Henry Miller
(1891-1980)

Died aged c. 89

Henry Valentine Miller (December 26, 1891 – June 7, 1980) was an American writer. He was known for breaking with existing literary forms, developing a new sort of semi-autobiographical novel that blended character study, social criticism, philosophical reflection, explicit language, sex, surrealist free association and mysticism. His most characteristic works of this kind are Tropic of Cancer (1934), Black Spring (1936), Tropic of Capricorn (1939) and The Rosy Crucifixion trilogy (1949–59), all of which are based on his experiences in New York and Paris, and all of which were banned in the United States until 1961. He also wrote travel memoirs and literary criticism, and painted watercolors.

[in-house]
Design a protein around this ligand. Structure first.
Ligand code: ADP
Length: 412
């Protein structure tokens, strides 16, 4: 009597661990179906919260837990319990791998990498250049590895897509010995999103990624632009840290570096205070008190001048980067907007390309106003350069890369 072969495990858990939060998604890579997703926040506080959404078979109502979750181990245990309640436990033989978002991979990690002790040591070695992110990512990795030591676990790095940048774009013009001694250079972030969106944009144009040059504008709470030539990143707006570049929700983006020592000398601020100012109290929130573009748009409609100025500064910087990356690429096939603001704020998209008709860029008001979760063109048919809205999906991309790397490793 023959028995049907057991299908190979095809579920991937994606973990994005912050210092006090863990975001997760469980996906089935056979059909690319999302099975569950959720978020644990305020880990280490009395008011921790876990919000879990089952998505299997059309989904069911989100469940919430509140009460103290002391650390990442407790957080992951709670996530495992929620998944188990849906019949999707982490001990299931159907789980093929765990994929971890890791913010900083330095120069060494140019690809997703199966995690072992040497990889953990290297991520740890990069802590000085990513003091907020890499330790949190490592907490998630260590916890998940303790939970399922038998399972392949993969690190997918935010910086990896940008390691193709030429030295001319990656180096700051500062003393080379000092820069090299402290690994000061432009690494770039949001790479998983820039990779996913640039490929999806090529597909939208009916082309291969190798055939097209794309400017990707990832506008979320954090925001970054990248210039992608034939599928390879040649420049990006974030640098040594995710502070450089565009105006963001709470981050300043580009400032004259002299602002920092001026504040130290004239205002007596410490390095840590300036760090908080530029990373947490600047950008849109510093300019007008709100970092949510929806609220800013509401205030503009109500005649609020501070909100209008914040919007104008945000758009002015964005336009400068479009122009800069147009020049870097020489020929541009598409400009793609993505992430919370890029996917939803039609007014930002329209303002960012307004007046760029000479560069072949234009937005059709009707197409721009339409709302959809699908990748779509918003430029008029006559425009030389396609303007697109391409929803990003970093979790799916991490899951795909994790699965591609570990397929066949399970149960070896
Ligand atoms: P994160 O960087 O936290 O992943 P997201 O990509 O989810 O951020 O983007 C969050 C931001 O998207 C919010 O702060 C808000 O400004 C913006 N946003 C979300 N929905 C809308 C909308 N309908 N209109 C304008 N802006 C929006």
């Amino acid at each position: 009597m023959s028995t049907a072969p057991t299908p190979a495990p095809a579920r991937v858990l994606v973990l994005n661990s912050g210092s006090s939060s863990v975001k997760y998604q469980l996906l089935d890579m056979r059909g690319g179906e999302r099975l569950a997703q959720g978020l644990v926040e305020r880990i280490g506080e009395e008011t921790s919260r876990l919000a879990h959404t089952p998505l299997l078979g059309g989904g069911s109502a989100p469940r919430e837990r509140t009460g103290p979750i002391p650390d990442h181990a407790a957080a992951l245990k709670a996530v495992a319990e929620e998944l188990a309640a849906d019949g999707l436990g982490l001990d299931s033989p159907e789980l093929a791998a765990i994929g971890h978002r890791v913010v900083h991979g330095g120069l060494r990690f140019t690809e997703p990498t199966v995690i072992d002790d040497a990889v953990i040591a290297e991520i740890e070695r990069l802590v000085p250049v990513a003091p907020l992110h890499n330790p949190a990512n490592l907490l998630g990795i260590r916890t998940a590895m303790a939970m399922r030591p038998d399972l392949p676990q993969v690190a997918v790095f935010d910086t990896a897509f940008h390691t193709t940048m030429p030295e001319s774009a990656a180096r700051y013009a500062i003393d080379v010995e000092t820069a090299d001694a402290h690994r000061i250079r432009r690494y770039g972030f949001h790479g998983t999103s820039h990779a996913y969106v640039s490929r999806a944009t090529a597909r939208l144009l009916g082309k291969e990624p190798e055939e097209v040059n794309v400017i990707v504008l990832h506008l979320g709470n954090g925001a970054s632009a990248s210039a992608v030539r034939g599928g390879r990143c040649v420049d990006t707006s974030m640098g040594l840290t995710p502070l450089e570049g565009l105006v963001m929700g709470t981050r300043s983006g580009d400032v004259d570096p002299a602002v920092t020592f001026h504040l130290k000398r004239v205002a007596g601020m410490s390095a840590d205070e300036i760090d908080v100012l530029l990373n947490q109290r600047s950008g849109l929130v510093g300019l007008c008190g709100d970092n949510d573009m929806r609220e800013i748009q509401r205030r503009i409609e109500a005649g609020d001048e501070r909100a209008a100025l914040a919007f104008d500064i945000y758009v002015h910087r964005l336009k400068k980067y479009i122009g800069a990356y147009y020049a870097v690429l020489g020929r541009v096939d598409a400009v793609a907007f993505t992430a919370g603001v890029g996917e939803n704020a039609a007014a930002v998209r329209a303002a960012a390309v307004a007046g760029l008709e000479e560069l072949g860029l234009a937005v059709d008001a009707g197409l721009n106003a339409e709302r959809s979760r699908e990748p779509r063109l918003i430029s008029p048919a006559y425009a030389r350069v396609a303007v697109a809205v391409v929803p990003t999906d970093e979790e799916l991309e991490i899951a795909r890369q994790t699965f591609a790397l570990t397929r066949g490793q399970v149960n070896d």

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Henry Miller 1891-1980 Raised in Brooklyn, the best-selling author is noted for his imaginative, controversial novels Tropic of Cancer (1934), which chronicles his colorful life as an expatriate in Paris, and Tropic of Capricorn (1939), which depicts his adult life in New York City. Both books were banned in the U.S. until 1961. Miller lived here from 1924 to 1925.

91 Remsen Street Brooklyn, NY 11201, New York, NY, United States where they lived